Joseph: We do everything together, so it wouldn't have made any sense for either of us to go it alone.
What’s one challenge you have you faced in collaborating?
Amanda: Since I'm usually the one that begins the writing process from scratch, I'd say one challenge I've run into is communicating with Joe about how long that process takes. It's taken us some tweaking to make sure that we have a healthy number of projects on our bandwidth without feeling overwhelmed by the number of projects I need to work on at any given time. In our first year, we had several projects with checkpoints that piled up all at once, which forced me to stretch my energy in many different directions and take on many different client voices. Now that I've shared with him how much time and space I need, Joe is better able to budget for time, and communicate those expectations with our clients.
Joseph: It takes a lot of work for both of us to have a clear picture of what's happening with every single project, when it's happening, who's doing what, what we're waiting on, what's late, what deadlines we'll have to shift in response, and probably a dozen other things I'm forgetting. There are a lot of moving parts even for very small projects, and I feel like we're always noticing new things we should be taking into consideration when we're starting a project.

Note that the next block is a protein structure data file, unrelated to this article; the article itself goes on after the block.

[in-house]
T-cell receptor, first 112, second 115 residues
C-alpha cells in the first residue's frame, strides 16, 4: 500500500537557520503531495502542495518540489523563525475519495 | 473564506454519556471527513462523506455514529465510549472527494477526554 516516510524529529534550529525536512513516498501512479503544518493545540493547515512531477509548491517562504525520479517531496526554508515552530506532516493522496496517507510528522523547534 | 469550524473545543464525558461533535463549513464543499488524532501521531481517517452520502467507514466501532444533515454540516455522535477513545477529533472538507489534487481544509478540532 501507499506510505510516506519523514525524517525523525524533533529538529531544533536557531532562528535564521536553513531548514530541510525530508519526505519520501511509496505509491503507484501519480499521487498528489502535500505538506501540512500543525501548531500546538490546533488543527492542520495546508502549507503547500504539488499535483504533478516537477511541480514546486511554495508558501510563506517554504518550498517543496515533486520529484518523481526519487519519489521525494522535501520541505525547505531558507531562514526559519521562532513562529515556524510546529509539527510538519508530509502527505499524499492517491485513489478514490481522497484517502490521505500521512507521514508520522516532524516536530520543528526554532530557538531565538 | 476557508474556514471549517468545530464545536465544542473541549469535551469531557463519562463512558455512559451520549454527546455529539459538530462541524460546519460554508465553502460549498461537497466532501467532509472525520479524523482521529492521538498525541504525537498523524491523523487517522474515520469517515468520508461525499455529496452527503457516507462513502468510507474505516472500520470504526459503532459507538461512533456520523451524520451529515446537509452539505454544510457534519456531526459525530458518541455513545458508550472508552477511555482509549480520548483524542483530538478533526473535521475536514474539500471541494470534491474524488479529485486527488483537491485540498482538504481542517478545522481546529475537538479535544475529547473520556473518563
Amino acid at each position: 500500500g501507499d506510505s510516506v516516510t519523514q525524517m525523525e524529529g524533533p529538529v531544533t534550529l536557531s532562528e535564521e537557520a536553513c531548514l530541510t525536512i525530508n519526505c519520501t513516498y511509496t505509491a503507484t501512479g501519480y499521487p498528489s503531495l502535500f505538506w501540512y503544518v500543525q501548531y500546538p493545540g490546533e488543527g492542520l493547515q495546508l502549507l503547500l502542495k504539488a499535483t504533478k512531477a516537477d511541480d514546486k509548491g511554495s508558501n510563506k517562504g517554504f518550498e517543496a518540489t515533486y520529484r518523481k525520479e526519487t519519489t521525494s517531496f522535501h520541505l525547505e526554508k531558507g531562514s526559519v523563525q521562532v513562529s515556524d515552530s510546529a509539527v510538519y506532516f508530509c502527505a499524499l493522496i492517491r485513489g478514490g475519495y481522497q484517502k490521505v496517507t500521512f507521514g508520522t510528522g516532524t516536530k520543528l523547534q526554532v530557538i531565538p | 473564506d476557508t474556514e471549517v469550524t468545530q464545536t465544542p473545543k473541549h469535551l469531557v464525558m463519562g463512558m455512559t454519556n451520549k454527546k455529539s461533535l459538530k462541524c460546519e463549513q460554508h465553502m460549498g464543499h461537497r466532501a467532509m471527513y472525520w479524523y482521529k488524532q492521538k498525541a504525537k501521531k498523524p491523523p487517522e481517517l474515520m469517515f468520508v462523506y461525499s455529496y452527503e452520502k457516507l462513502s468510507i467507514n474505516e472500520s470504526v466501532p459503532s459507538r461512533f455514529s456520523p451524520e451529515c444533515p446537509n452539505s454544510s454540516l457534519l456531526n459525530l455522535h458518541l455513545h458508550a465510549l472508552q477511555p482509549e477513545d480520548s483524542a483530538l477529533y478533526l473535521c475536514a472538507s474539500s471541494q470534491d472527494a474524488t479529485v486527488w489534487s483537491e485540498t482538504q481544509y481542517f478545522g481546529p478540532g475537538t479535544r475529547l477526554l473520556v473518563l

What's surprised you the most about your collaboration?
Amanda: I'm always surprised by how much we can get done together! We've worked on over 50 projects in our last two years of business, and because we're able to communicate so honestly, openly, and quickly, projects tend to move at the same speed. Our agility is our greatest asset, and being able to collaborate at the drop of a dime – whether it be after a prospective client call, while writing, or when reviewing a deliverable together – means that we're able to turn projects around in half the time it would take a larger agency.
Joseph: I'm always surprised by the ease with which our clients trust us, the excitement and confidence they express after a single conversation, and the overwhelmingly positive reactions to the work itself.
Who’s your favorite dynamic duo? Fiction or nonfiction. Why?
Amanda: Oh, so many to choose from! We reference quite a few on our About page (Lewis and Clark, Fred and Carrie, Sonny and Cher), but I'd have to say my favorite dynamic duo is Sherlock Holmes and John Watson, specifically from the BBC show. They have such a different approach; one is intense, the other is more muted, one is inquisitive, the other is skeptical. There's such a great contrast between the two of them, and because they have such different yet overlapping strengths, they're able to solve Britain's crimes in ways that are much more agile and adventurous than the police ever could. In many ways, I feel like Joe and I are very much Sherlock and Watson because it's just the two of us questioning, communicating, and collaborating directly with each other and with our clients.
Joseph: No other dynamic duo gives me the belly laughs and memories that I get from working with Amanda every day, so I think we're my favorite. Sorry I'm not sorry, Batman and Robin.